Fill Your Belly With Foods
that Provide Good Bacteria
By Jordan Rubin – Extraordinary Health
now you know how important it is to consume a diet based on natural or
whole foods for optimal gut health. But this way of eating is nothing
In fact, did you know that the food of our
ancestors, including fermented foods, contained several thousand times
more bacteria, mainly the good probiotic bacteria, than our food does
today? It’s true, and part of the shortfall is due to our modernized
way of eating that often excludes fermented foods. This lack of good
bacteria in our food can decrease optimal digestion and assimilation
of nutrition for gastrointestinal and overall health.
Dr. Joseph Brasco, a board-certified
gastroenterologist who serves as a medical consultant with Garden of
Life, suggests adding the following foods to your diet to support
Meats: Eat organically raised cattle, sheep,
goats, buffalo, and venison that graze on nature’s bountiful grasses
and fish caught in the wild like salmon, tuna, or sea bass. Grass-fed
meat is leaner and is lower in calories than grain-fed beef. Organic
and grass-fed beef is higher in gut-friendly omega-3 fatty acids and
important vitamins like B12 and vitamin E. They're also way better for
you than assembly-line cuts of flank steak from hormone-injected
cattle eating pesticide-sprayed feed laced with antibiotics.
Fish with fins and scales caught from oceans and
rivers are lean sources of protein and provide essential amino acids
in abundance. Supermarkets are stocking these types of foods in
greater quantities these days, and of course they are found in natural
food stores, fish markets, and specialty stores.
Avoid certain meats like breakfast links, bacon,
lunchmeats, ham, hot dogs, bratwurst, and other sausages. Crustaceans
such as lobster, crabs, shrimp, and clams and fish without fins and
scales are “bottom feeders,” content to sustain themselves on
excrement from other fish—so they’re out, too.
Cultured dairy products from goats, cows, and
sheep: One benefit of eating cultured dairy is the beneficial
microorganisms they contain. These living organisms contain something
called “probiotics,” which, by definition, are living, direct-fed
microbials (DFMs) that promote the growth of beneficial bacteria in
the intestines. The normal human gastrointestinal tract contains
hundreds of different species of harmless or even friendly bacteria,
otherwise known as intestinal flora. When an unbalance of these
bacteria occurs, however, the result is often digestive unrest.
One of the best ways to introduce probiotics to your
diet is through cultured dairy products like goat’s milk fermented
kefir. Dairy products derived from goat’s milk and sheep’s milk can be
easier on stomachs than those from cows, although dairy products from
organic or grass-fed cows can be excellent as well. Goat’s milk is
less allergenic because it does not contain the same complex proteins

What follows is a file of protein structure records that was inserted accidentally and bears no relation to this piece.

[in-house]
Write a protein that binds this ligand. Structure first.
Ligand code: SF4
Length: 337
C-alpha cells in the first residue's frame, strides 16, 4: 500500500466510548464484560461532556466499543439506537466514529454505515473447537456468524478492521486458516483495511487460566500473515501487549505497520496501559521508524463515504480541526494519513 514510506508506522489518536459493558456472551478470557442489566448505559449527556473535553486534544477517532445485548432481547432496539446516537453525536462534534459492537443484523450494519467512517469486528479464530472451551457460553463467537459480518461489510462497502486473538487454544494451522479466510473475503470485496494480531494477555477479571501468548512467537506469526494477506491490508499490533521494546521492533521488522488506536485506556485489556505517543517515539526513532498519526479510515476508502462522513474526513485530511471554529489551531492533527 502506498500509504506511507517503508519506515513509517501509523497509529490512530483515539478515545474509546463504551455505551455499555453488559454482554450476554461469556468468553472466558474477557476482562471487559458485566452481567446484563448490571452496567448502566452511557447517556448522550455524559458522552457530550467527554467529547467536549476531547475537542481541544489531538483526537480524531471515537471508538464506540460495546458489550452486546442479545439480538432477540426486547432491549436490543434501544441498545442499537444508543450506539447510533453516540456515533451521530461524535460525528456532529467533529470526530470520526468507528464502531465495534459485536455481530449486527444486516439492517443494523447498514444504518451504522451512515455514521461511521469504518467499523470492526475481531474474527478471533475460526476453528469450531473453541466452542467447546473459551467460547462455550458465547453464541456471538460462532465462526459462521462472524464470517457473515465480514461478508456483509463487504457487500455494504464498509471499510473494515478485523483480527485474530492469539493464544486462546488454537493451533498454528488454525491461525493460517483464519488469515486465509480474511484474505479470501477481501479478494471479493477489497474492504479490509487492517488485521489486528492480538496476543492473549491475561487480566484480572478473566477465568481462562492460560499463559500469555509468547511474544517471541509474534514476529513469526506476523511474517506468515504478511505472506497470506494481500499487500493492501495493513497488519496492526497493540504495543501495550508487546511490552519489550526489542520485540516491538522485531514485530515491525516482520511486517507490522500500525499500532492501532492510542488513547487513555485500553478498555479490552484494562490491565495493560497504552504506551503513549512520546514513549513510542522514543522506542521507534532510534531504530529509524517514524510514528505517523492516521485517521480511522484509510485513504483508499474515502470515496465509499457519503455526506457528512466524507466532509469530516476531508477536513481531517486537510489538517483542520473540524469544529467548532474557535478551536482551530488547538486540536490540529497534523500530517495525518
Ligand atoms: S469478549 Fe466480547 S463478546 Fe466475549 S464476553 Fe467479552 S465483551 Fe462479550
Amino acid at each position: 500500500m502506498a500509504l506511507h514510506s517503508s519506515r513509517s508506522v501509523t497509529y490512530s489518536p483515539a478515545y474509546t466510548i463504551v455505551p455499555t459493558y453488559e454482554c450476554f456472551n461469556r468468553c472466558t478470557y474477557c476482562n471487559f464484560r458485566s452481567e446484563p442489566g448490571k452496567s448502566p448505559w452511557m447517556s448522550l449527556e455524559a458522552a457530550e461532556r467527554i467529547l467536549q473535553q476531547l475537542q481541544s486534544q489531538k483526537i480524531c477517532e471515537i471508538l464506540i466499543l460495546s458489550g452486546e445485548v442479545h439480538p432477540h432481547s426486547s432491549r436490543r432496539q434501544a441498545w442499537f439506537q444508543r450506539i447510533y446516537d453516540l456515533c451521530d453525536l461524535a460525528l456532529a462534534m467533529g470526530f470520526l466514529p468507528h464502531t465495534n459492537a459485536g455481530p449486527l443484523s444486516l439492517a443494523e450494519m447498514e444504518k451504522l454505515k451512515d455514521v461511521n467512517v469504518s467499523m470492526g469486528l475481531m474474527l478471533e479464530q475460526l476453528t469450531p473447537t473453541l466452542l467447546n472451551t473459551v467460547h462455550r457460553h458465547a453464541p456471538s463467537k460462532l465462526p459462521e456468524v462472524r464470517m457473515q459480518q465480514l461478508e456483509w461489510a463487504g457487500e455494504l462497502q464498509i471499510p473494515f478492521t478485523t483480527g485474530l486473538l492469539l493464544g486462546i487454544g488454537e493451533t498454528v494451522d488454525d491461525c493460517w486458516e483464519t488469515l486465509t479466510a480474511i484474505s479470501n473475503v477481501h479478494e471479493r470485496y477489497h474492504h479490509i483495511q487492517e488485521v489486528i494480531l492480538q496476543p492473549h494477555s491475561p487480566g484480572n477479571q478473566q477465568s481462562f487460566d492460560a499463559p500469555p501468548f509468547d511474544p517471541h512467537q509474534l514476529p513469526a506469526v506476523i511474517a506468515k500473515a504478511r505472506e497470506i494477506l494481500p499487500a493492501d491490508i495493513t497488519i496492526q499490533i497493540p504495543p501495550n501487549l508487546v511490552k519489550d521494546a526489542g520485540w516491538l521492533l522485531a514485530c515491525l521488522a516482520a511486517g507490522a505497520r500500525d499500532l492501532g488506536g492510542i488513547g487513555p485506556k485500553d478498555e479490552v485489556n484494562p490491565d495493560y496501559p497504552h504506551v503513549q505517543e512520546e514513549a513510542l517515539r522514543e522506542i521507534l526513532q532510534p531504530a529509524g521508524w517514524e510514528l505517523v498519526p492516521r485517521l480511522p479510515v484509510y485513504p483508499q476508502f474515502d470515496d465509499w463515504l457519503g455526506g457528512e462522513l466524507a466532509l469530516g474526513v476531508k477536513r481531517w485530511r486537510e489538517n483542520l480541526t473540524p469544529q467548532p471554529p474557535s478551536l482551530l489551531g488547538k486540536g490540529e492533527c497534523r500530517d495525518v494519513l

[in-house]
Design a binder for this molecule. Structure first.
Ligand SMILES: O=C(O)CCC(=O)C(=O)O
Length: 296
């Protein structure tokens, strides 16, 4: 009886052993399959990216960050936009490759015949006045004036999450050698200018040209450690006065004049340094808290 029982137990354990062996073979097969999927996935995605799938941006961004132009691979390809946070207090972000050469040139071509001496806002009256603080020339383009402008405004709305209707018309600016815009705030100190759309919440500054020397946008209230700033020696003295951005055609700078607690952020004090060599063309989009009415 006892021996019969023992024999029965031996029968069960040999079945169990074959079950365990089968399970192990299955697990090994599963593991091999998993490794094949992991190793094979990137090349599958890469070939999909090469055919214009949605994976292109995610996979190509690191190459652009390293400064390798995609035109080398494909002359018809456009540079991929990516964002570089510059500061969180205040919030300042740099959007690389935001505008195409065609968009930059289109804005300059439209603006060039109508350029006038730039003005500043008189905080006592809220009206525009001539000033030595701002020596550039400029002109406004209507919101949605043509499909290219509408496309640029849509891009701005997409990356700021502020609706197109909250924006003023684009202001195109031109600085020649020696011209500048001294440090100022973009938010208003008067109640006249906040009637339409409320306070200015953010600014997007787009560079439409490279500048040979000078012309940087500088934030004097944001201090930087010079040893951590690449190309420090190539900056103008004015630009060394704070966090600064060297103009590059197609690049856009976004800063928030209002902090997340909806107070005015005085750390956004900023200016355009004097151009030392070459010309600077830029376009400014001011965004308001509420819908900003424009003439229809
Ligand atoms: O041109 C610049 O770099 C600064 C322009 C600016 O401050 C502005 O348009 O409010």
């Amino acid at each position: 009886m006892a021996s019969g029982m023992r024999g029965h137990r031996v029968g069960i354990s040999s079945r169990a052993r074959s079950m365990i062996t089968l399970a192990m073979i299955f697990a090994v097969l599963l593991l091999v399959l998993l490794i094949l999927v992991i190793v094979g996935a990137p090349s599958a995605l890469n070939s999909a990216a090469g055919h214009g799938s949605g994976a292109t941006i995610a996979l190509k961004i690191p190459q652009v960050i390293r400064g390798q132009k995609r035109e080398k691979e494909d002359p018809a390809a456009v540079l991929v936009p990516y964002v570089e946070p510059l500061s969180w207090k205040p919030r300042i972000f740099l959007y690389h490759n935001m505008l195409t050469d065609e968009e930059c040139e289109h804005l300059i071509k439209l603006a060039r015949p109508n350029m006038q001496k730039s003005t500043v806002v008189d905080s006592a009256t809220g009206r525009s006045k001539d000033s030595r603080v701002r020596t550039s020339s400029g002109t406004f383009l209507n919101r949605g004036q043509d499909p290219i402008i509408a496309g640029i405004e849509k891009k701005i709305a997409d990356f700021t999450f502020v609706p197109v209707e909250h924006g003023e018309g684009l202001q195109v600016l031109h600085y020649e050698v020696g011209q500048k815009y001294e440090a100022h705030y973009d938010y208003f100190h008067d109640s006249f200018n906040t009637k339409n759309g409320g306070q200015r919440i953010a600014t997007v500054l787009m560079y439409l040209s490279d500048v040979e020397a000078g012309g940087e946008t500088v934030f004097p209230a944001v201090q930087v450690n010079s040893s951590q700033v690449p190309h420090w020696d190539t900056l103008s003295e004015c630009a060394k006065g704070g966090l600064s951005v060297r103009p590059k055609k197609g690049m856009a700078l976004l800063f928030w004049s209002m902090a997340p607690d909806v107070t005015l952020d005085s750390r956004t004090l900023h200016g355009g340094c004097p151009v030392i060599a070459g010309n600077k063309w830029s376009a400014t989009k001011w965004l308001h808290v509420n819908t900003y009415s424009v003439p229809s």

found in cow’s milk.
Note from Christine: The
Mt. Capra products, including the fermented
CaProtein are great sources of fermented goat products.
And while we are on the subject of dairy…you may
want to avoid consuming fluid dairy products, such as milk and ice
cream, since they contain the milk sugar lactose. Instead, eat
fermented dairy products such as yogurt, kefir, hard cheeses, cultured
cream cheese, cottage cheese, and cultured cream. Why? Fermented dairy
products contain little or no residual lactose, which is the type of
sugar in milk that many find hard to digest.
Cultured and fermented vegetables: Raw
cultured or fermented vegetables such as sauerkraut, pickled carrots,
beets, or cucumbers supply the body with probiotics as well. Although
these fermented vegetables are often greeted with upturned noses at
the dinner table, these foods help reestablish natural balance to your
Cultured vegetables like sauerkraut are brimming
with vitamins, such as vitamin C, and contain almost four times the
nutrients as unfermented cabbage. The lactobacilli in fermented
vegetables contain digestive enzymes that help break down food and
increase its digestibility. So, try some sauerkraut or pickled beets,
which are readily available in health food stores.
Fruits: Raw fruit is quite healthy but may
cause digestive disturbances, so you may want to eat fruit cautiously.
Fruit on its own has high sugar content, so consume fruits with fats
and proteins, which will slow down the absorption of sugar. Limit your
consumption to two or three fresh fruits daily, which can be consumed
during snack time.
Try blueberries, strawberries, raspberries, and
grapes—fully ripened. And choose organic so that you avoid pesticides
or chemical fertilizers. Try to eat fruits and vegetables in season,
but you can also use frozen produce, since that often represents the
best option for healthy fruits and veggies out of season. In the case
of berries and certain fruits, the difference between fresh and frozen
So, there you have it—foods that could help you
avoid “a pain in the gut,” says Brasco.
Start eating better today and feel the difference.
Your gut will thank you.
Note from Christine: See Garden of Life’s
probiotic formulas for probiotic supplementation of good bacteria,
called Primal Defense probiotics including:
Note: The content provided in this article is intended
for informational and educational purposes only and is not intended to
take the place of professional medical advice. You are encouraged to
consult with your medical health care provider regarding any health
concern or health-related condition you may have.
These statements in this article have not been
evaluated by the Food and Drug Administration. This information and
products are not intended to diagnose, treat, cure, or prevent any